Based on Roderick Bradford’s 2006 biography D.M. Bennett: The Truth Seeker, the film chronicles the life of the controversial nineteenth-century American publisher who some called “the devil’s own advocate.”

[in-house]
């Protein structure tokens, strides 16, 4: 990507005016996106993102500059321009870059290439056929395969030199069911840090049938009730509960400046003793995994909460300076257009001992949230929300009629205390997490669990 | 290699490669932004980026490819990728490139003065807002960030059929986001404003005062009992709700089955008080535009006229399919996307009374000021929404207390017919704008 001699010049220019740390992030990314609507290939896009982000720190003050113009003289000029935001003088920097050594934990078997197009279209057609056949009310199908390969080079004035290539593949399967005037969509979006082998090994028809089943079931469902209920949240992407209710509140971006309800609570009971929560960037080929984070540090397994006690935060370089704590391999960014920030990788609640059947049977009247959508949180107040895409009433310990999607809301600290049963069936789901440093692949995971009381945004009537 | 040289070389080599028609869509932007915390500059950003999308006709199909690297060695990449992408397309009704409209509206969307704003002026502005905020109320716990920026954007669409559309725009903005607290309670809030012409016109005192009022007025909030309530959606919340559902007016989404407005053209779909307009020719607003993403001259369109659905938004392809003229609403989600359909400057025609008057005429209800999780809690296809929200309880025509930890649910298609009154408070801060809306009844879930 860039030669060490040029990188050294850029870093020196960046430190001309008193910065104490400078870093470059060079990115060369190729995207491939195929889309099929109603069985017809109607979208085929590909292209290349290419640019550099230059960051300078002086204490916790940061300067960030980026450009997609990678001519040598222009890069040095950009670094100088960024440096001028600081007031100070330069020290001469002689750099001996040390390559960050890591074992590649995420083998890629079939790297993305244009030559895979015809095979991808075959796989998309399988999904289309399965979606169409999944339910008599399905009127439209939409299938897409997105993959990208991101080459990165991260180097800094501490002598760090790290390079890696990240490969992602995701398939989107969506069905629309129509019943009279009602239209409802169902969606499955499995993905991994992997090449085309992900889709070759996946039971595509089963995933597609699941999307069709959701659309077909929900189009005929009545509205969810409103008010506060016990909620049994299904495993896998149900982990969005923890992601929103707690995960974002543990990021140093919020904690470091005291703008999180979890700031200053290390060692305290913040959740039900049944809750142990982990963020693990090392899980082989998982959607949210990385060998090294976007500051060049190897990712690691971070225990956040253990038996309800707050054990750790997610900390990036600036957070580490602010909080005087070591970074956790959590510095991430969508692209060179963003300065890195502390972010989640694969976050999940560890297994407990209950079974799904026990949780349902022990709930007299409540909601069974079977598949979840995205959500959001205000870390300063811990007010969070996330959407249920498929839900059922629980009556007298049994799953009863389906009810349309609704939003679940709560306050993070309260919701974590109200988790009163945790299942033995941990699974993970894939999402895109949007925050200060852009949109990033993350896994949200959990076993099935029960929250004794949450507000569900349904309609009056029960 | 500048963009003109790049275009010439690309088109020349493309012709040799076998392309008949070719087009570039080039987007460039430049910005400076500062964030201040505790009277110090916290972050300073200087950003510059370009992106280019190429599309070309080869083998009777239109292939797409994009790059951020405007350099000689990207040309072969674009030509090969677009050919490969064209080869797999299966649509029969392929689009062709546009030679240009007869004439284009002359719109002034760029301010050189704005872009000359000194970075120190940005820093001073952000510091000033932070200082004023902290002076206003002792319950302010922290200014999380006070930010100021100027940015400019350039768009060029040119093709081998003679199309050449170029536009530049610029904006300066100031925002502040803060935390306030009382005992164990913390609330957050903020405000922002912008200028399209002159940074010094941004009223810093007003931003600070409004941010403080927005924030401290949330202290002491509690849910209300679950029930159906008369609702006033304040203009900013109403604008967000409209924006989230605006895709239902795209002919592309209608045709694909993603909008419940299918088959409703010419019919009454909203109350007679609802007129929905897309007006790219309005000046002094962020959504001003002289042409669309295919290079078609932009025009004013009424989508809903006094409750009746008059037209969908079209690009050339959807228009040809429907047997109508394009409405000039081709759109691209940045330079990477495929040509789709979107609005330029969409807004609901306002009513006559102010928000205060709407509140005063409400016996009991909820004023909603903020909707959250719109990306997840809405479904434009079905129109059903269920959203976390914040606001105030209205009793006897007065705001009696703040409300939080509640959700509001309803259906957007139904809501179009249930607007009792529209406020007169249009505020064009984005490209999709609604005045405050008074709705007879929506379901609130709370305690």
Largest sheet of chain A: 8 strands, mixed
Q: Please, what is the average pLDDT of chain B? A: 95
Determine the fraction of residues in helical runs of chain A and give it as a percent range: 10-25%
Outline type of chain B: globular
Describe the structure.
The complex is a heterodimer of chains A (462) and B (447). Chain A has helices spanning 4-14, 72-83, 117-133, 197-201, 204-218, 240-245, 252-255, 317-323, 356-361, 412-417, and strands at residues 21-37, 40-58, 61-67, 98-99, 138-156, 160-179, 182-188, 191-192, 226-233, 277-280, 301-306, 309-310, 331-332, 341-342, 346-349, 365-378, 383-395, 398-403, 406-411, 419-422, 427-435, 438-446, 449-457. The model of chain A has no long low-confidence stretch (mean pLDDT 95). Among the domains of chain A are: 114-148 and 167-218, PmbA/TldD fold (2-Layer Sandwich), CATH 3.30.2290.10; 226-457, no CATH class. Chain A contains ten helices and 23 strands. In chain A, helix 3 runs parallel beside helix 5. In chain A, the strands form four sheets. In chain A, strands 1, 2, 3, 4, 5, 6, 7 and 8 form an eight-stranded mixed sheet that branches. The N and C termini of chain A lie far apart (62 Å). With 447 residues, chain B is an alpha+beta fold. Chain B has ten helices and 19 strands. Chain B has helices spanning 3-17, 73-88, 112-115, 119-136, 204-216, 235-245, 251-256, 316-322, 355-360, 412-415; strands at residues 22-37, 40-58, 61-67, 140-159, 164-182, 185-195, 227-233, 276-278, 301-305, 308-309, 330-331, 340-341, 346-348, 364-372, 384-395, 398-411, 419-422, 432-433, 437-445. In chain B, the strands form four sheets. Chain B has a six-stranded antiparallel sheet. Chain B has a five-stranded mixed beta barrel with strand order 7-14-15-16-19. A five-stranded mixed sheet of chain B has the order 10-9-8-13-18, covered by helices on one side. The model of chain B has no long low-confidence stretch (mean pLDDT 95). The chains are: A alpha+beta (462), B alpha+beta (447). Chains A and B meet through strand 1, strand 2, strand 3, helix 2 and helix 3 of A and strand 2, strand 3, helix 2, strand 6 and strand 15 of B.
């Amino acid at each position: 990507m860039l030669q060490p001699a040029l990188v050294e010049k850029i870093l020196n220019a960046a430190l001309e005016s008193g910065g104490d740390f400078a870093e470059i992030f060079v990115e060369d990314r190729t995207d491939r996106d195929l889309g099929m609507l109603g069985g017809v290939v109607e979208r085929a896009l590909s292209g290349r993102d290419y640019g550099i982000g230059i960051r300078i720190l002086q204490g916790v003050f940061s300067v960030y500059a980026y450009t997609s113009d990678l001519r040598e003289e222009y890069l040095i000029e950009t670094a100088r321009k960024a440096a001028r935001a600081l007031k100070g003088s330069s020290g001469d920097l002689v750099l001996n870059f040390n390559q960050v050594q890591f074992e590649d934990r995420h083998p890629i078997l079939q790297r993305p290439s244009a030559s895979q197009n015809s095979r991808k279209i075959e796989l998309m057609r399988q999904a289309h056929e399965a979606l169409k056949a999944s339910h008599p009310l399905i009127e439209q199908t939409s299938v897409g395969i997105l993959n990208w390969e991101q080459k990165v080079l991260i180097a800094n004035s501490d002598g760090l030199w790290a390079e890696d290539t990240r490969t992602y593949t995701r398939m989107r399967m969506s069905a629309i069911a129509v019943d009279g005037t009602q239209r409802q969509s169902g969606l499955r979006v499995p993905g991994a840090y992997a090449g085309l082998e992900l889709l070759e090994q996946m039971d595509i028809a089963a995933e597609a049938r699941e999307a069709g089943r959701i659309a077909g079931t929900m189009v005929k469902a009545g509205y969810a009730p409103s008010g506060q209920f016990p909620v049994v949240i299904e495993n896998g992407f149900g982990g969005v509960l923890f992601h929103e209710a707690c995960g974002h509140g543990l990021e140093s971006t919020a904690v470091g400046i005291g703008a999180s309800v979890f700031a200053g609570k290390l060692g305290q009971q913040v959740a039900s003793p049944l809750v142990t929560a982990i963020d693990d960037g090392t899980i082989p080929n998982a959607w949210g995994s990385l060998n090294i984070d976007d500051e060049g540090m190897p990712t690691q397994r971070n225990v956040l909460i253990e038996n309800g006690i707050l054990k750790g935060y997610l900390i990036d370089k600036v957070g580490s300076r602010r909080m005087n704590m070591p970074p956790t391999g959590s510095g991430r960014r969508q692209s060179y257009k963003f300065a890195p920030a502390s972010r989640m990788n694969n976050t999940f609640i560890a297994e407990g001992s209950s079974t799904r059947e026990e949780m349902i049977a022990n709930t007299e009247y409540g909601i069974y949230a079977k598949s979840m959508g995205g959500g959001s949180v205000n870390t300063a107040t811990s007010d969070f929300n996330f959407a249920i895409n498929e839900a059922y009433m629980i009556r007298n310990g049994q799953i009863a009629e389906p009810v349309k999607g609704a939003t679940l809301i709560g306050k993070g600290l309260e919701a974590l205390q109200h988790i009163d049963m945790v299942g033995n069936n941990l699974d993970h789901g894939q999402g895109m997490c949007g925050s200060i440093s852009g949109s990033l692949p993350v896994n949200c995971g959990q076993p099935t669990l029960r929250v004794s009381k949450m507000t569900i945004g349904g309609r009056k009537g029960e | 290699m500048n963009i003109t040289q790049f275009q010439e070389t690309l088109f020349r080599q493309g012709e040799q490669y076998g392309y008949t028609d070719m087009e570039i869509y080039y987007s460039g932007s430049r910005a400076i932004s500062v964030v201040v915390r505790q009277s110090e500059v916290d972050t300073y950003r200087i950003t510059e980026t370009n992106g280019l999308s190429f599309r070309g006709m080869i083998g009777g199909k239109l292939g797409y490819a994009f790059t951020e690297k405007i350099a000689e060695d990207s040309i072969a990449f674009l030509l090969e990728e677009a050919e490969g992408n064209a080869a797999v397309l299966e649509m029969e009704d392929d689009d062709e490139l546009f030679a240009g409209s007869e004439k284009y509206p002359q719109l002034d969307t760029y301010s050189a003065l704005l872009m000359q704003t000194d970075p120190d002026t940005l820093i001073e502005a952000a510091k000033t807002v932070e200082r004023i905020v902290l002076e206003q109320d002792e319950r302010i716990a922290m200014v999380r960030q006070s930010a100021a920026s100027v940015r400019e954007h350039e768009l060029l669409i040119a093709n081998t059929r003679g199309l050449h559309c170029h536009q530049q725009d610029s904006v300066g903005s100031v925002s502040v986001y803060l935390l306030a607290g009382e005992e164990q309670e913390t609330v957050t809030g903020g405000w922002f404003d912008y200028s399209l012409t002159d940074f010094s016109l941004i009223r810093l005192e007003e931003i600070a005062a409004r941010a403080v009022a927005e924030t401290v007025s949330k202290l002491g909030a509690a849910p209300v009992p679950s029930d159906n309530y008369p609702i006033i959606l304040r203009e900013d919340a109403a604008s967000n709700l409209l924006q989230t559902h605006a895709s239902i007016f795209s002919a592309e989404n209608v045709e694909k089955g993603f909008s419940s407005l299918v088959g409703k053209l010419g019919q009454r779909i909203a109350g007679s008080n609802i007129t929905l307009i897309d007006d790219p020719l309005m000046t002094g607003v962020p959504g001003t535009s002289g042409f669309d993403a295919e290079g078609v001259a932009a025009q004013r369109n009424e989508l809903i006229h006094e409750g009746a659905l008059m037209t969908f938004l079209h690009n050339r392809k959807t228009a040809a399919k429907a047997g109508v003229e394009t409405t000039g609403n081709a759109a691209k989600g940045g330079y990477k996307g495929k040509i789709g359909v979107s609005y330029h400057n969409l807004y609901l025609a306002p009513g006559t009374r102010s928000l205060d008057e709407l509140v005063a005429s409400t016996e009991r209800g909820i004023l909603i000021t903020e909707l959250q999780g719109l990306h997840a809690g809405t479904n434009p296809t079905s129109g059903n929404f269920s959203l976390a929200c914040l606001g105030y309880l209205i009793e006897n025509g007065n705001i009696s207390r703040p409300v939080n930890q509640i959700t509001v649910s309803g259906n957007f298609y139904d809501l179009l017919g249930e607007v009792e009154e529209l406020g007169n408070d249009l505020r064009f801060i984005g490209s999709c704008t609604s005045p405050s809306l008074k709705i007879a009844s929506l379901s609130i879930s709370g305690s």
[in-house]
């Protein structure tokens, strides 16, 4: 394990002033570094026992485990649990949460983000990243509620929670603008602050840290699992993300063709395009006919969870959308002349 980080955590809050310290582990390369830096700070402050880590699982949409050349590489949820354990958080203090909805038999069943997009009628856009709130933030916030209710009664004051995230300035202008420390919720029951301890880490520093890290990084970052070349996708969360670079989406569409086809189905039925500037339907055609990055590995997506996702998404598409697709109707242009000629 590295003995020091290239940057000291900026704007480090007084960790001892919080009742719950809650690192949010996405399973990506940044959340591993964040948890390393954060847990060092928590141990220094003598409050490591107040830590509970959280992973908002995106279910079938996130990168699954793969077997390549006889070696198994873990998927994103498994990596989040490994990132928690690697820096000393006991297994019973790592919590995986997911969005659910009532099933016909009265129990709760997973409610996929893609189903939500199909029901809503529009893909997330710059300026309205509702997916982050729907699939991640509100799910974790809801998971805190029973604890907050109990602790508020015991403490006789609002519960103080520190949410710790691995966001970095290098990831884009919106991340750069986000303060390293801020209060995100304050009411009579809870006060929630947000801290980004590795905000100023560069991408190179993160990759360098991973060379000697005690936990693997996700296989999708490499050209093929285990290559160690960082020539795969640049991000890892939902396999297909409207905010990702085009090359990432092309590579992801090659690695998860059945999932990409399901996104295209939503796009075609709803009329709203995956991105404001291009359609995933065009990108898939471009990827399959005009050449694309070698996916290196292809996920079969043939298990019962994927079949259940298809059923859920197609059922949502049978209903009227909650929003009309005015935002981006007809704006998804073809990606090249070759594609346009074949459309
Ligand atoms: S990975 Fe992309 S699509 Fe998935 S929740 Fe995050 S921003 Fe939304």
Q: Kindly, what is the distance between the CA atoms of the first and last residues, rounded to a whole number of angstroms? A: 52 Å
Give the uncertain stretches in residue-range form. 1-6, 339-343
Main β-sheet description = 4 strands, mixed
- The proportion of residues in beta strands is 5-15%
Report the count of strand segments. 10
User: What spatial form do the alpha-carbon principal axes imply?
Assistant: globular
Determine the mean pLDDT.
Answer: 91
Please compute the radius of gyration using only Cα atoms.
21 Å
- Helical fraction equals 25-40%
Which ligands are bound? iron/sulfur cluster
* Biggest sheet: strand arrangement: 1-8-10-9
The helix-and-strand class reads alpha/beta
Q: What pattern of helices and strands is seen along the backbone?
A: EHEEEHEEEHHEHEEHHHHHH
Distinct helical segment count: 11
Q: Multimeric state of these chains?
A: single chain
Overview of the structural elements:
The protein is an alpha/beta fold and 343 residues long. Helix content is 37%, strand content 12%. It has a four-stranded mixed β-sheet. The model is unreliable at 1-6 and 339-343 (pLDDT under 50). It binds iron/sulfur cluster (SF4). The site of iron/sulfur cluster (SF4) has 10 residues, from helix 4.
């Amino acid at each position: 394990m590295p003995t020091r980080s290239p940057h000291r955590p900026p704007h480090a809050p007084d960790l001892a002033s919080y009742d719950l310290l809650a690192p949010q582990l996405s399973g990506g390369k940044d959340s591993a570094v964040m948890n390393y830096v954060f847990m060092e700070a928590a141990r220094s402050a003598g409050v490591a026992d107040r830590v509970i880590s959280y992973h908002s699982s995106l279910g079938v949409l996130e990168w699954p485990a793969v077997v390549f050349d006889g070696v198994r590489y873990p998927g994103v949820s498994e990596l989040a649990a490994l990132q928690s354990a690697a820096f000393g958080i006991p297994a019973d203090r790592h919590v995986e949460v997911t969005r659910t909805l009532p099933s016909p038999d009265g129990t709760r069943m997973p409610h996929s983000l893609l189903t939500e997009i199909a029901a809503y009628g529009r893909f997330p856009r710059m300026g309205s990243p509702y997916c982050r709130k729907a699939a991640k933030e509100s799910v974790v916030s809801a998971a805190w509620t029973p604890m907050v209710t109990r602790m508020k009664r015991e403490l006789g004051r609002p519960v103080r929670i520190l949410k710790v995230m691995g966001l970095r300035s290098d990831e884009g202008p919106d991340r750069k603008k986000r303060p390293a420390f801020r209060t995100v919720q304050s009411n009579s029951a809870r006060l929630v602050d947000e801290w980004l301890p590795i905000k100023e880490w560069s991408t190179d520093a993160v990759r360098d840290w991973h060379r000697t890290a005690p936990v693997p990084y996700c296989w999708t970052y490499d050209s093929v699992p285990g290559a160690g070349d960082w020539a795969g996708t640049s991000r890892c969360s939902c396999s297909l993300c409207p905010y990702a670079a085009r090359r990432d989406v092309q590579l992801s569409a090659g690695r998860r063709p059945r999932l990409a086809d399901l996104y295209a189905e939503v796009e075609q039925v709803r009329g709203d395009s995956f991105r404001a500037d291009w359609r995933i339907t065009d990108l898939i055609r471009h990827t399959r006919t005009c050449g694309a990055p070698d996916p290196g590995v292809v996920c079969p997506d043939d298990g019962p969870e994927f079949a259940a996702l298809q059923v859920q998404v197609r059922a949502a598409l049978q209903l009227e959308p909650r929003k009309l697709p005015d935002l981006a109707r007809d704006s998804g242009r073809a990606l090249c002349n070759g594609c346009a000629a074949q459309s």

Inspired by Thomas Paine, D.M. Bennett founded the “blasphemous” New York City freethought periodical The Truth Seeker and challenged the puritanical Comstock Law, named after U.S. Post Office “special agent” Anthony Comstock, a crusading religious zealot who bragged of driving fifteen persons to suicide. Bennett was unjustly convicted and imprisoned for defiantly mailing an alleged “obscene” free-love booklet to Comstock, the self-described “weeder in God’s garden.” This one-hour production follows Bennett’s evolution from a devout Shaker to an unremitting skeptic and recounts his three arrests culminating in the historically significant United States vs. D.M. Bennett trial which led to a petition campaign for a presidential pardon that went all the way to the White House. Bennett’s journey around the world and flirtation with spiritualism and the occult is revealed along with the controversy surrounding the monument erected to honor “The Defender of Liberty and Its Martyr” still standing today in Brooklyn’s Green-Wood Cemetery.